Learned counsel sought to make out from the words. 'It would not be open to file a suit' occurring in Section 46 of the Hyderabad Railways Act that the preferring of a claim before the railway authorities and its disposal by them was a condition precedent to any suit being filed in court of law. The object of Section 46 of the Hyderabad Act is the same as that of Section 77 viz., to prevent stale and dishonest claims being made after the lapse of a long time making it impossible to get any clue or evidence with regard to the lost goods.
It is only a statutory safeguard for the railway to prevent the claimant from putting the railways at a disadvantage for want of evidence, when he files a suit. The claim in the suit would be held to be unsustainable if no application for compensation for loss or deterioration was filed before the railway administration. Section 46 does not provide a remedy but only cuts one in cases where claim would lie according to general law.
If, therefore, the preferring of a claim before the railway authorities is not a condition precedent to the filing of a suit within the period prescribed by law the question would arise as to whether the plaintiff is entitled to deduct the period that elapsed in the correspondence with the railway finally resulting in the latter rejecting his claim. The plaintiff invokes Section 15(2) of the Hyderabad Limitation Act which is in these terms:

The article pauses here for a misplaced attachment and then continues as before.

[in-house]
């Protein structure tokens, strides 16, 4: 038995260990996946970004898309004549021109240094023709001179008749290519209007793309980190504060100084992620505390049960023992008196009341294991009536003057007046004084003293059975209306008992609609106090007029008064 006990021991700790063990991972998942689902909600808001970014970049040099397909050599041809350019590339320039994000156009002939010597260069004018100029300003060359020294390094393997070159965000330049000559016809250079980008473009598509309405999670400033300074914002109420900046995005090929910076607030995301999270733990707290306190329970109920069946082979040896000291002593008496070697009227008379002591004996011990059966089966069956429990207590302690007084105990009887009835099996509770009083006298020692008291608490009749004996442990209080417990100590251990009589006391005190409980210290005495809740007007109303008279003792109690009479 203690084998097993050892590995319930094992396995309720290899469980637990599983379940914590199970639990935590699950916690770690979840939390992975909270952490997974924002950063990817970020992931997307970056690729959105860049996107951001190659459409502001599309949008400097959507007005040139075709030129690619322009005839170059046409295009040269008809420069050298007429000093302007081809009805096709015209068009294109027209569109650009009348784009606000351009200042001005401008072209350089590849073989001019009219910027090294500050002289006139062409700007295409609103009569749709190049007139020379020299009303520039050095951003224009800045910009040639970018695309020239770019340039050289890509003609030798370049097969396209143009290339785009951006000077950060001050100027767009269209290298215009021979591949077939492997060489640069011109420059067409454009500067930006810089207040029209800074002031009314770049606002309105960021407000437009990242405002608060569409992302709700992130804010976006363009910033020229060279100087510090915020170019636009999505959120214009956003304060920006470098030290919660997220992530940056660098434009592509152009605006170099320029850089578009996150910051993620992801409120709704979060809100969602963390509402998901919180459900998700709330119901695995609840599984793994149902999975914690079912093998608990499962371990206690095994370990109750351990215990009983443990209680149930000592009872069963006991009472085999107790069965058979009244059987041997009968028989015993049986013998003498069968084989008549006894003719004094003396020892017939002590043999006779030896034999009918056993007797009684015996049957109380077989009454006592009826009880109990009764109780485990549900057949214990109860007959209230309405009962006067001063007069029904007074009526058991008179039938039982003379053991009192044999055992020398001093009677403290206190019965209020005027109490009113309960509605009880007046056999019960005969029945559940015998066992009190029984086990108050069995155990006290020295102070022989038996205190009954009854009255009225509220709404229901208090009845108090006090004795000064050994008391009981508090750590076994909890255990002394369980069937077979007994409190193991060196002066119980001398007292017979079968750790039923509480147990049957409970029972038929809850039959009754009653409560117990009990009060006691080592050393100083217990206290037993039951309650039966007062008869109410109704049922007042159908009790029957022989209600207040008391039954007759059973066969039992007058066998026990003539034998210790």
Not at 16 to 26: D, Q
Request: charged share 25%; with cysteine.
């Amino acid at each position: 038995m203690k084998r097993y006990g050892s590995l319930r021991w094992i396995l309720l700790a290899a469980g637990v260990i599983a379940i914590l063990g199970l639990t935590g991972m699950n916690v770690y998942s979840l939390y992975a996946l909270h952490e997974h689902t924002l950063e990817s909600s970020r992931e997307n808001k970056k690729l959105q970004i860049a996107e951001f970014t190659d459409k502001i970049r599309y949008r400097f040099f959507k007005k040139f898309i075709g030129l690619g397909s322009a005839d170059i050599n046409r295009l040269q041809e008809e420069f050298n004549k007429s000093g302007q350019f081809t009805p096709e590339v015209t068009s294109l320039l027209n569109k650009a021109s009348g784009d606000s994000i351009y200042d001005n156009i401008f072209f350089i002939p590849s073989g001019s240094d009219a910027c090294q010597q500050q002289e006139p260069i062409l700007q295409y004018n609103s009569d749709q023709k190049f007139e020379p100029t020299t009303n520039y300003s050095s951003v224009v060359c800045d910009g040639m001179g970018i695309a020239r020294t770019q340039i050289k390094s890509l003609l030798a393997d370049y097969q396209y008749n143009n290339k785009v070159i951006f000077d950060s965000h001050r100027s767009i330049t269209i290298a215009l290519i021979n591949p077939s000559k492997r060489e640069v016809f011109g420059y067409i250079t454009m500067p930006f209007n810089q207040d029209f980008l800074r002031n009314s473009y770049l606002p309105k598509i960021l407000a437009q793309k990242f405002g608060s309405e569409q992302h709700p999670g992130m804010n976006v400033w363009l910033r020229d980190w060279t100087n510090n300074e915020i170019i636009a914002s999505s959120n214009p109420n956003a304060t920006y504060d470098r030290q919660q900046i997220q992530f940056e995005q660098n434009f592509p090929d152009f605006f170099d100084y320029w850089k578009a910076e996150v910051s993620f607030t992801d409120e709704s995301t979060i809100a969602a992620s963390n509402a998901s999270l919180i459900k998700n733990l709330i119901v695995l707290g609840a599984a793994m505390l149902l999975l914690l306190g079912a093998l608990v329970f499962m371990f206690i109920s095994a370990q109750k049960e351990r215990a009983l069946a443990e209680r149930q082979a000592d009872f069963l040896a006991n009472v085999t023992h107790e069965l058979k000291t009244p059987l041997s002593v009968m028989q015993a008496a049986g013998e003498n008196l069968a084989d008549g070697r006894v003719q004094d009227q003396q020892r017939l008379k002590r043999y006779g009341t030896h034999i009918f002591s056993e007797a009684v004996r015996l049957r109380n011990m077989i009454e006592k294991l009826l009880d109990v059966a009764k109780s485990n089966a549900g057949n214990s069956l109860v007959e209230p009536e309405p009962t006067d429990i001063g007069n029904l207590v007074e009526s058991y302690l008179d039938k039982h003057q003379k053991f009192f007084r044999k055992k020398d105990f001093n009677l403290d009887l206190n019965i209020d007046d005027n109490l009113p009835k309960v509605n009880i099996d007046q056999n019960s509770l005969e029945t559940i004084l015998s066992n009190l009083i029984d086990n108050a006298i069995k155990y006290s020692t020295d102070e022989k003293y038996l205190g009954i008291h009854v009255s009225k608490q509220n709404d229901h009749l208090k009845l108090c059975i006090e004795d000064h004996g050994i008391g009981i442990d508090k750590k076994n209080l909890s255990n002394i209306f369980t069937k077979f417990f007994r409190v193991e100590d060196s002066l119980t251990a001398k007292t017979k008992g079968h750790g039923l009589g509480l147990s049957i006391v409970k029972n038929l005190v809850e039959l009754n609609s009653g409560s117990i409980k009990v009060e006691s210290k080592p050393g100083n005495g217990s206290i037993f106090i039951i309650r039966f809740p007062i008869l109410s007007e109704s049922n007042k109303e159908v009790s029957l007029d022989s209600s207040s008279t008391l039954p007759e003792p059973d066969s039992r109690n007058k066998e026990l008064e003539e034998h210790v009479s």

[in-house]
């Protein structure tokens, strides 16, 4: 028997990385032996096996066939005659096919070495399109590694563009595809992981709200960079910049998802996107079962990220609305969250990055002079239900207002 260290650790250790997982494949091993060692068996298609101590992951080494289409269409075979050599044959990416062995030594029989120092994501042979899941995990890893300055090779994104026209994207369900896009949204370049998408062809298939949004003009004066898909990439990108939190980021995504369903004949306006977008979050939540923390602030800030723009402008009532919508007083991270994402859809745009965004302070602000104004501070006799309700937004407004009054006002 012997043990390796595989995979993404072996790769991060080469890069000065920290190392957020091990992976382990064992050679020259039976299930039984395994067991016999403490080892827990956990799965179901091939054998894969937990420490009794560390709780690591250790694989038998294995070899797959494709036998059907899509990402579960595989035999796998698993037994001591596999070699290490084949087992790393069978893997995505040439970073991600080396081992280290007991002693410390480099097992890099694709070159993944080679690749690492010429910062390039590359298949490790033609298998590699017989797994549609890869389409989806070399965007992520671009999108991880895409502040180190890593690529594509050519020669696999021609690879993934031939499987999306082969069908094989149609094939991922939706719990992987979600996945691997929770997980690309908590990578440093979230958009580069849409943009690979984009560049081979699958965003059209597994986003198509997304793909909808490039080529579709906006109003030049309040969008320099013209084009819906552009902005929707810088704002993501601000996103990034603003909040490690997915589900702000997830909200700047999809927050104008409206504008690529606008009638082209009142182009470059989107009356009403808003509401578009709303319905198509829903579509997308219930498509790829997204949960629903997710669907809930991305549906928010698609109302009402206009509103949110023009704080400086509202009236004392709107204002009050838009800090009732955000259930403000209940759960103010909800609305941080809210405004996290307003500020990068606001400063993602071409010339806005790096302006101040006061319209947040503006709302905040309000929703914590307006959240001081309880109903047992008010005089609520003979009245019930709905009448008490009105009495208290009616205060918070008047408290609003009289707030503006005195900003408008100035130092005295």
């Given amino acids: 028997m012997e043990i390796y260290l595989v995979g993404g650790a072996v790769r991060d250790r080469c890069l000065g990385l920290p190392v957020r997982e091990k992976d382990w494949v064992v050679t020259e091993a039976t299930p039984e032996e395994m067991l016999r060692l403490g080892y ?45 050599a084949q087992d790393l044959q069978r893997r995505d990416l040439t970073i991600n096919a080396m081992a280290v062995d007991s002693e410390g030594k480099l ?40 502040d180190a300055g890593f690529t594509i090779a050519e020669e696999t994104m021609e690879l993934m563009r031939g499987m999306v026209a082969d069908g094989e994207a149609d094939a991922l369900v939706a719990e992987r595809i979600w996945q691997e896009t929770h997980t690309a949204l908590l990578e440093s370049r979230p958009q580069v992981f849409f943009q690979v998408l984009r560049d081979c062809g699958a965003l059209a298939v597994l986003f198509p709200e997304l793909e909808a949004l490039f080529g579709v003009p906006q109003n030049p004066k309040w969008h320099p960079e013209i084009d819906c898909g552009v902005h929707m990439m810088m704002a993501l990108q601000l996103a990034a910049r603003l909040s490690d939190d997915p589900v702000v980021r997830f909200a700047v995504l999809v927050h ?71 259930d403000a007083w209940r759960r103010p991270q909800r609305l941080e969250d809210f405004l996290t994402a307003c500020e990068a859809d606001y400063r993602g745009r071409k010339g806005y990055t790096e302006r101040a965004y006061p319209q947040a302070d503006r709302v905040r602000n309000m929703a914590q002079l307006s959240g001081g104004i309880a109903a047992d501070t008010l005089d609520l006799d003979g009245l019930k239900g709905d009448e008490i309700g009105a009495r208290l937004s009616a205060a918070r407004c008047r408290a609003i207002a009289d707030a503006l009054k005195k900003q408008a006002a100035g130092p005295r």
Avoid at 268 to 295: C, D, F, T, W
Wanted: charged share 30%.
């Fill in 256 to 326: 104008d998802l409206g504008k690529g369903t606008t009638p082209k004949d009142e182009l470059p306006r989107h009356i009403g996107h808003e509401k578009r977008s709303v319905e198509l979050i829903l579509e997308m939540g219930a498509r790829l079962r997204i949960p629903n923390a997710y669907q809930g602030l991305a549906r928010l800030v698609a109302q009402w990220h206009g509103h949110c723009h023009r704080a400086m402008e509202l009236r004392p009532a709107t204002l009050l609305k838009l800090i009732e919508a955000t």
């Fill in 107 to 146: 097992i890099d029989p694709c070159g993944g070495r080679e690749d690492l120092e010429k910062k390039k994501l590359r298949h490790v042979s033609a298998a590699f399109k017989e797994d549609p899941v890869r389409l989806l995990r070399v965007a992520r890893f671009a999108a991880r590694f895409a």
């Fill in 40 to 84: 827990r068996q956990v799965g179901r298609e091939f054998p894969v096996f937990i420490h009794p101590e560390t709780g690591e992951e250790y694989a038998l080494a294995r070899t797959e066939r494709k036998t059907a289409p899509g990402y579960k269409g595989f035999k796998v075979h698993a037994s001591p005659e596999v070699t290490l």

'15 (1) x x x x x
(2) If under any law it is incumbent On a plaintiff before filing a suit in a court, to take proceedings in any department or obtain permission or issue notice to the defendant then the time that is taken in pursuing those proceedings or in obtaining permission, or the period of notice prescribed under the law, would be excluded in computing the period of limitation,'